All surgeries were performed by one surgeon with a real-time monitor of renal pelvic pressure during the surgery. The whole flexible ureteroscopic lithotripsy procedure was performed under general anesthesia in oblique supine lithotomy position with the diseased side upward (Fig. 1C). Initial ureteroscopy was performed with a semi-rigid 8/9.8 F ureteroscope (Richard Wolf, Germany), during which a flexible 0.032-inch guidewire (Innovel, China) was inserted into the renal collecting system. Next, the patented UAS was inserted into the proximal ureter along the guidewire without fluoroscopic guidance. A disposable flexible ureteroscope (Pusen, China) was then inserted into the sheath to do a comprehensive inspection of the delivery location of the transparent sheath between mucosa of renal pelvis and ureter. After confirming that the transparent sheath is on the target position, the pressure sensory and suctioning channels were connected to the irrigation and suctioning platform. After being injected with water, zero calibration was carried out for the pressure sensory system. Fully automatic mode of the platform was then selected. Perfusion flow was set at 50-150ml/min. Renal pelvic pressure control value was set at -15–5mmHg. The maximum (limit) value was set at 30 mmHg. Intraoperatively, a holmium laser (Raykeen, China) was used to pulverize the stone at 0.8-1.6 J/pulse with a frequency of 20–30 pulses/s. In the process of lithotripsy, the scope body was moved back and forth slightly in an uninterrupted fashion in the sheath to facilitate the small gravel particles inside the sheath gap to be sucked out. Gravel particles larger than sheath gap but less than UAS in diameter were sucked out by withdrawing the scope intermittently without a need of stone basketing. For distal or mid-ureter stone, semi-rigid ureterscope was used. For patients whom the UAS was not indwelled successfully, a 7 F Double-J ureteral stent (Asymchem Inc., China) was indwelled for 2 weeks to facilitate the UAS placement for flexible ureteroscopy.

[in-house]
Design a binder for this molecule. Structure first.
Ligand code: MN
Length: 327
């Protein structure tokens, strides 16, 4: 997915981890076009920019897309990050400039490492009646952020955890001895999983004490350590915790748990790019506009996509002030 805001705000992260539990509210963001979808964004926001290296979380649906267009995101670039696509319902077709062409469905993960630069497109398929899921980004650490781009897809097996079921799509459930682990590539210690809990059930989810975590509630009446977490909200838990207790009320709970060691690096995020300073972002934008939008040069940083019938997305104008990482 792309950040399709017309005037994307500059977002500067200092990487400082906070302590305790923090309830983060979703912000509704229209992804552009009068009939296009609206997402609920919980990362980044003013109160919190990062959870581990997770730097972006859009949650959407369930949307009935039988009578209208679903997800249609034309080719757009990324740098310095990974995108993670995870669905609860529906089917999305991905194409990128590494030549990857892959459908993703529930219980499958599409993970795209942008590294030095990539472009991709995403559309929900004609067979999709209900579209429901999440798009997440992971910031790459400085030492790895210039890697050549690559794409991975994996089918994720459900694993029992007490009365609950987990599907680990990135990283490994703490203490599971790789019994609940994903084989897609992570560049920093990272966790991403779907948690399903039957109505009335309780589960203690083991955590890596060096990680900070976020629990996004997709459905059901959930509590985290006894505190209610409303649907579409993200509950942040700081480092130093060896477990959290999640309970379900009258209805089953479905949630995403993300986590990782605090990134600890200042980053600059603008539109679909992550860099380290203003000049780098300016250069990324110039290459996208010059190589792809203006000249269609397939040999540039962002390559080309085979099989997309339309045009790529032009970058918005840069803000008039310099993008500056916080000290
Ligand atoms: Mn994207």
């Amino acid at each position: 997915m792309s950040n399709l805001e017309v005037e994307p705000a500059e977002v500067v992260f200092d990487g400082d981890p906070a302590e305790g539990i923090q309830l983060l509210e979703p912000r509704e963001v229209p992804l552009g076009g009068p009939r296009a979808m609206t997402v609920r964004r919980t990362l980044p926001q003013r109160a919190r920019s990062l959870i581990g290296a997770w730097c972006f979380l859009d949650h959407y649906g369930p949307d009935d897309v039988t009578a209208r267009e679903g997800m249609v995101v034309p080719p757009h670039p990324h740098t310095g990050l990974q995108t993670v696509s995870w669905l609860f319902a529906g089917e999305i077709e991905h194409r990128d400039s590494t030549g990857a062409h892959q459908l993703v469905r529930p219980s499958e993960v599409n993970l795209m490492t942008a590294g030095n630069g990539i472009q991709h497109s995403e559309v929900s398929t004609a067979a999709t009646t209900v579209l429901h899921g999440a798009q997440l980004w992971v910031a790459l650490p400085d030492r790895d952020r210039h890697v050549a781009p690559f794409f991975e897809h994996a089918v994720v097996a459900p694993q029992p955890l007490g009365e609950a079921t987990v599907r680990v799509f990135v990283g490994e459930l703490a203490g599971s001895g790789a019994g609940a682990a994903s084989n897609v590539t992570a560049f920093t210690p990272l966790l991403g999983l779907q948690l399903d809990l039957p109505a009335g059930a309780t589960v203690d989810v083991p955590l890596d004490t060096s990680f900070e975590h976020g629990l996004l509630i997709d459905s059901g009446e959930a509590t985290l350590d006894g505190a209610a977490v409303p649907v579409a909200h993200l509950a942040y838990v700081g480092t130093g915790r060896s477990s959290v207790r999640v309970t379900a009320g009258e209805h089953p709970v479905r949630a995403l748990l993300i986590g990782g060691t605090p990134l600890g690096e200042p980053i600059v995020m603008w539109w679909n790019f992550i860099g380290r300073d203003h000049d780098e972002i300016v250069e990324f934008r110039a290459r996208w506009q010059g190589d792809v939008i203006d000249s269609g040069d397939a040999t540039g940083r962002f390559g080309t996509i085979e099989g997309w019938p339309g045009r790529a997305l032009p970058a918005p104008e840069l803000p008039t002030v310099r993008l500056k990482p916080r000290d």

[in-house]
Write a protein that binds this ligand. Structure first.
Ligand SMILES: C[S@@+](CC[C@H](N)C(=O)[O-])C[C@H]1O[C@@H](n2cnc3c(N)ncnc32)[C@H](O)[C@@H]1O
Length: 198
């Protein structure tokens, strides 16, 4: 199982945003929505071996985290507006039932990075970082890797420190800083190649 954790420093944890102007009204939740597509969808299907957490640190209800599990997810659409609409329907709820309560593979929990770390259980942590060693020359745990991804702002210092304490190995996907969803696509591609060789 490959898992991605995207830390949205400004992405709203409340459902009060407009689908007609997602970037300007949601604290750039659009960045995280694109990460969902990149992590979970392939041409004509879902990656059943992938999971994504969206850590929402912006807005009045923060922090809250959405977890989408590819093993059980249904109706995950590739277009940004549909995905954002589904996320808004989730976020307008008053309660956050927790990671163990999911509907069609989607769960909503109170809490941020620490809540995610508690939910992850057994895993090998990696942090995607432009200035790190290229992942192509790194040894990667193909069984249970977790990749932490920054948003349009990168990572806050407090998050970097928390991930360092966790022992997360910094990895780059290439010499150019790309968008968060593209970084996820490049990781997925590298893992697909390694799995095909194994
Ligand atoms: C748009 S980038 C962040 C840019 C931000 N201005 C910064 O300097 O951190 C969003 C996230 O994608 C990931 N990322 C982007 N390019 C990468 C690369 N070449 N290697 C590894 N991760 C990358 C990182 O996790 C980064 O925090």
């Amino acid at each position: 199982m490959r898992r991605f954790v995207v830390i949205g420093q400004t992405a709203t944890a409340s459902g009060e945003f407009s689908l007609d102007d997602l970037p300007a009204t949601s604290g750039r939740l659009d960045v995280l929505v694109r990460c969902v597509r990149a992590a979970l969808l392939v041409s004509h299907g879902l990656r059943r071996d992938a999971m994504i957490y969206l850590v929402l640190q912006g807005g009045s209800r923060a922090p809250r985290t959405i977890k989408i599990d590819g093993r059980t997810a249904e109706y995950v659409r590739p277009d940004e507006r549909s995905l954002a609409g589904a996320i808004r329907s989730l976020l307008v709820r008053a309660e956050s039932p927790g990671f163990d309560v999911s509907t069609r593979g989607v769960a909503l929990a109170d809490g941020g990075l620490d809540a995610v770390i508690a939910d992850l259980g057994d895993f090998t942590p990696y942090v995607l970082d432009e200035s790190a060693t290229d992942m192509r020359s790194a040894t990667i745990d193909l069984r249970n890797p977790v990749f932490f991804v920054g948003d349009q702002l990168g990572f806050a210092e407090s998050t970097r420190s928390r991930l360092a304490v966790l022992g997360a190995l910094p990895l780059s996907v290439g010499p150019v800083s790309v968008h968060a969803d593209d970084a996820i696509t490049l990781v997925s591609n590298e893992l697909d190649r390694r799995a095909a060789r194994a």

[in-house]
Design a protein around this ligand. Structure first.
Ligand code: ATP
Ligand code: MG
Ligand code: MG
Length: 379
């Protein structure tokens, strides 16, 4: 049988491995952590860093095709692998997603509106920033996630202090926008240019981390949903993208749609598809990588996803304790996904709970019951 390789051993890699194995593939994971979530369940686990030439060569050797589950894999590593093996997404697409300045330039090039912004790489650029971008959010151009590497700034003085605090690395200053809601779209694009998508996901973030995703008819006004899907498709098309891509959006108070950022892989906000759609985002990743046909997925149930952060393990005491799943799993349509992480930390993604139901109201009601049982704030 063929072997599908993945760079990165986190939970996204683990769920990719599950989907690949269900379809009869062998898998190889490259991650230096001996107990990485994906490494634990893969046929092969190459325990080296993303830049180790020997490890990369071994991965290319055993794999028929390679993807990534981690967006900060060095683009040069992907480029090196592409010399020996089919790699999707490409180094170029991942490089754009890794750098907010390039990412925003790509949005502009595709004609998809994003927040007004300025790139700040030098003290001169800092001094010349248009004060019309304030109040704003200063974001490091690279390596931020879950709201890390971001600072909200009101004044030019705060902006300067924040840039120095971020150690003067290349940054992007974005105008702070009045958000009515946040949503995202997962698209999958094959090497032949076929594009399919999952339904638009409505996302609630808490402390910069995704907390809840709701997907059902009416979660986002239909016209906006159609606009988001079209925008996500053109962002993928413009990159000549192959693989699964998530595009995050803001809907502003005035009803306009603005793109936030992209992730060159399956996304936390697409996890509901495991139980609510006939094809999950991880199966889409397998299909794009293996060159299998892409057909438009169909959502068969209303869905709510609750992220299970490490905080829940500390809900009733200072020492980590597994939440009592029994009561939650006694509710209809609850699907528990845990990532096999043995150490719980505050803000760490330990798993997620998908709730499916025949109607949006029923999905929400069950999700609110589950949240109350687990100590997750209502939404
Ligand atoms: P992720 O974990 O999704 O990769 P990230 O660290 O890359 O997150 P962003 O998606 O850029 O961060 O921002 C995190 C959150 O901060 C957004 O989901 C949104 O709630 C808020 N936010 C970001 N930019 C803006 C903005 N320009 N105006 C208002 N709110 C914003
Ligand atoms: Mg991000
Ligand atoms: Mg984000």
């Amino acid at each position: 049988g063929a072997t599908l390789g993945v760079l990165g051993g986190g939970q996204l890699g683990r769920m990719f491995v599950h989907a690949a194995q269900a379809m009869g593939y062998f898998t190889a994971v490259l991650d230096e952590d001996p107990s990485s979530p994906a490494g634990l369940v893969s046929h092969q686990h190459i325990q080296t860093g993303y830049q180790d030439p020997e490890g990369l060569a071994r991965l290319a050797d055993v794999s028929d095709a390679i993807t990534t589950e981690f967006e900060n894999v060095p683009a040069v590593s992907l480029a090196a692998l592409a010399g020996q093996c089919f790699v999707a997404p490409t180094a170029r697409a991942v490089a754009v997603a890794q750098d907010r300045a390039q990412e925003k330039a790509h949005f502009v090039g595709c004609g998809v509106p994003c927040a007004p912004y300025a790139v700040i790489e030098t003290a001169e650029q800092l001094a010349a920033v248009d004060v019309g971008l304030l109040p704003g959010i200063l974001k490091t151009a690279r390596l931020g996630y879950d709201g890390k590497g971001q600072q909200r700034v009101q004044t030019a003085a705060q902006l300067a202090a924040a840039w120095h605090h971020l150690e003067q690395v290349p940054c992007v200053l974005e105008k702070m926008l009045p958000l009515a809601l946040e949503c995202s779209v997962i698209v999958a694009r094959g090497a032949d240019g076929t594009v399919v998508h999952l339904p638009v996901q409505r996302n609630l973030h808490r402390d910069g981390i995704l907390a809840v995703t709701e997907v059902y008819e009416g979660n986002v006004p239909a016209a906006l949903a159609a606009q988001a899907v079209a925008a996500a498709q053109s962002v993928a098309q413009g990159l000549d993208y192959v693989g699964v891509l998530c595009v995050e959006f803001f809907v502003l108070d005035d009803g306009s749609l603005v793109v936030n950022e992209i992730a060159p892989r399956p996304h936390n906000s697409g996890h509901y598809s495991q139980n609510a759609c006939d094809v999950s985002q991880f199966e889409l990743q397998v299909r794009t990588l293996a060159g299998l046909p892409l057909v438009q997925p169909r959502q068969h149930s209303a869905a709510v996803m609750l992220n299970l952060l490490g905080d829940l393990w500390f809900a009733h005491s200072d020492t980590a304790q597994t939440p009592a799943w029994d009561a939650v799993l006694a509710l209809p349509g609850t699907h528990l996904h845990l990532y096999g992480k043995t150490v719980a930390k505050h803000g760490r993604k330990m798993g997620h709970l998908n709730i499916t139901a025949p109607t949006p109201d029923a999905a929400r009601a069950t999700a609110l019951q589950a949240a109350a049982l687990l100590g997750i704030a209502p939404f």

Vital signs were monitored and laboratory examinations were checked postoperatively including complete blood count, electrolytes, and calcitonin. Because repeated suction of enormous stone fragments could hurt the mucosa of ureter, a 7 F double-J ureteral stent with outer diameter F14.8 was placed at the end of the procedure and was indwelled for 4 weeks to protect the ureter, reducing the occurrence of postoperative complications such as ureter stenosis. Patients were followed at 4th week postoperatively.

Outcome indicators